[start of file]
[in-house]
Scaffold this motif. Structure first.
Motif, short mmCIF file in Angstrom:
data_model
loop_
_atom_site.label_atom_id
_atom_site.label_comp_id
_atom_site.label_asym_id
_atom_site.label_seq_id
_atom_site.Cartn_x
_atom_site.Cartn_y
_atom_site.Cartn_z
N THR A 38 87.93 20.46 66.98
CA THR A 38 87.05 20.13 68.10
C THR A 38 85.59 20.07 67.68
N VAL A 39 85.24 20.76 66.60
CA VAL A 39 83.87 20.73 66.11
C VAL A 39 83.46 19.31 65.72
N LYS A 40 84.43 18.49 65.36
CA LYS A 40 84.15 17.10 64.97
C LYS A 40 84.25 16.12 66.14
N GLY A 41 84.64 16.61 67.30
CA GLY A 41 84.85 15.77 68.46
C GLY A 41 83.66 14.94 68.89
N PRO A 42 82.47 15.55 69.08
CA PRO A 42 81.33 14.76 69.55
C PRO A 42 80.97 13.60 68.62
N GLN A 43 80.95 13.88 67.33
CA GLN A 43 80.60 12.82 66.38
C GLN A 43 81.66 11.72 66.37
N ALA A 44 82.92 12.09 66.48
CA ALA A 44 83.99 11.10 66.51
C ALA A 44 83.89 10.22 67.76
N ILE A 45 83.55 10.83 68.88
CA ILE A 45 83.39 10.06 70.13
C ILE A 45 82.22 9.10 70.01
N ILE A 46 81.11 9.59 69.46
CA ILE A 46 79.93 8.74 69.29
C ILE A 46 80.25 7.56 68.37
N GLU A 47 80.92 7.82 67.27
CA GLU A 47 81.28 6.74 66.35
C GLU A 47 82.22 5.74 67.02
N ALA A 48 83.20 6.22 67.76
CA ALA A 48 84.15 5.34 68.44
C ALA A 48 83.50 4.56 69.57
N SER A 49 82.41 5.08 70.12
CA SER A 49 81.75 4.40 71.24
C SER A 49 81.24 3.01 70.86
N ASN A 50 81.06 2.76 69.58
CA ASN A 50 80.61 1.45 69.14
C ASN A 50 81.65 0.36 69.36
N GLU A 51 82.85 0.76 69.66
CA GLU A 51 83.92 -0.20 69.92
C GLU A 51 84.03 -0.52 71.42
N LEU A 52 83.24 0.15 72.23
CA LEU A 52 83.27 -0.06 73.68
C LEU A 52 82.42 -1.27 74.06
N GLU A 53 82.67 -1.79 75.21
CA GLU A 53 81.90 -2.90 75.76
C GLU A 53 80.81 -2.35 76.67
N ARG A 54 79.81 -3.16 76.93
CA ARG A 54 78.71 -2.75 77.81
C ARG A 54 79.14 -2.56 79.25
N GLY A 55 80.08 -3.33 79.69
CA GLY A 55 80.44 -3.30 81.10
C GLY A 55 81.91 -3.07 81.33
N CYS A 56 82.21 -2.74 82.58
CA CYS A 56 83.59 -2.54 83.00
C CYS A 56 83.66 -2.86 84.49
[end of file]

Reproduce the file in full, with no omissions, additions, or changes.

[in-house]
Scaffold this motif. Structure first.
Motif, short mmCIF file in Angstrom:
data_model
loop_
_atom_site.label_atom_id
_atom_site.label_comp_id
_atom_site.label_asym_id
_atom_site.label_seq_id
_atom_site.Cartn_x
_atom_site.Cartn_y
_atom_site.Cartn_z
N THR A 38 87.93 20.46 66.98
CA THR A 38 87.05 20.13 68.10
C THR A 38 85.59 20.07 67.68
N VAL A 39 85.24 20.76 66.60
CA VAL A 39 83.87 20.73 66.11
C VAL A 39 83.46 19.31 65.72
N LYS A 40 84.43 18.49 65.36
CA LYS A 40 84.15 17.10 64.97
C LYS A 40 84.25 16.12 66.14
N GLY A 41 84.64 16.61 67.30
CA GLY A 41 84.85 15.77 68.46
C GLY A 41 83.66 14.94 68.89
N PRO A 42 82.47 15.55 69.08
CA PRO A 42 81.33 14.76 69.55
C PRO A 42 80.97 13.60 68.62
N GLN A 43 80.95 13.88 67.33
CA GLN A 43 80.60 12.82 66.38
C GLN A 43 81.66 11.72 66.37
N ALA A 44 82.92 12.09 66.48
CA ALA A 44 83.99 11.10 66.51
C ALA A 44 83.89 10.22 67.76
N ILE A 45 83.55 10.83 68.88
CA ILE A 45 83.39 10.06 70.13
C ILE A 45 82.22 9.10 70.01
N ILE A 46 81.11 9.59 69.46
CA ILE A 46 79.93 8.74 69.29
C ILE A 46 80.25 7.56 68.37
N GLU A 47 80.92 7.82 67.27
CA GLU A 47 81.28 6.74 66.35
C GLU A 47 82.22 5.74 67.02
N ALA A 48 83.20 6.22 67.76
CA ALA A 48 84.15 5.34 68.44
C ALA A 48 83.50 4.56 69.57
N SER A 49 82.41 5.08 70.12
CA SER A 49 81.75 4.40 71.24
C SER A 49 81.24 3.01 70.86
N ASN A 50 81.06 2.76 69.58
CA ASN A 50 80.61 1.45 69.14
C ASN A 50 81.65 0.36 69.36
N GLU A 51 82.85 0.76 69.66
CA GLU A 51 83.92 -0.20 69.92
C GLU A 51 84.03 -0.52 71.42
N LEU A 52 83.24 0.15 72.23
CA LEU A 52 83.27 -0.06 73.68
C LEU A 52 82.42 -1.27 74.06
N GLU A 53 82.67 -1.79 75.21
CA GLU A 53 81.90 -2.90 75.76
C GLU A 53 80.81 -2.35 76.67
N ARG A 54 79.81 -3.16 76.93
CA ARG A 54 78.71 -2.75 77.81
C ARG A 54 79.14 -2.56 79.25
N GLY A 55 80.08 -3.33 79.69
CA GLY A 55 80.44 -3.30 81.10
C GLY A 55 81.91 -3.07 81.33
N CYS A 56 82.21 -2.74 82.58
CA CYS A 56 83.59 -2.54 83.00
C CYS A 56 83.66 -2.86 84.49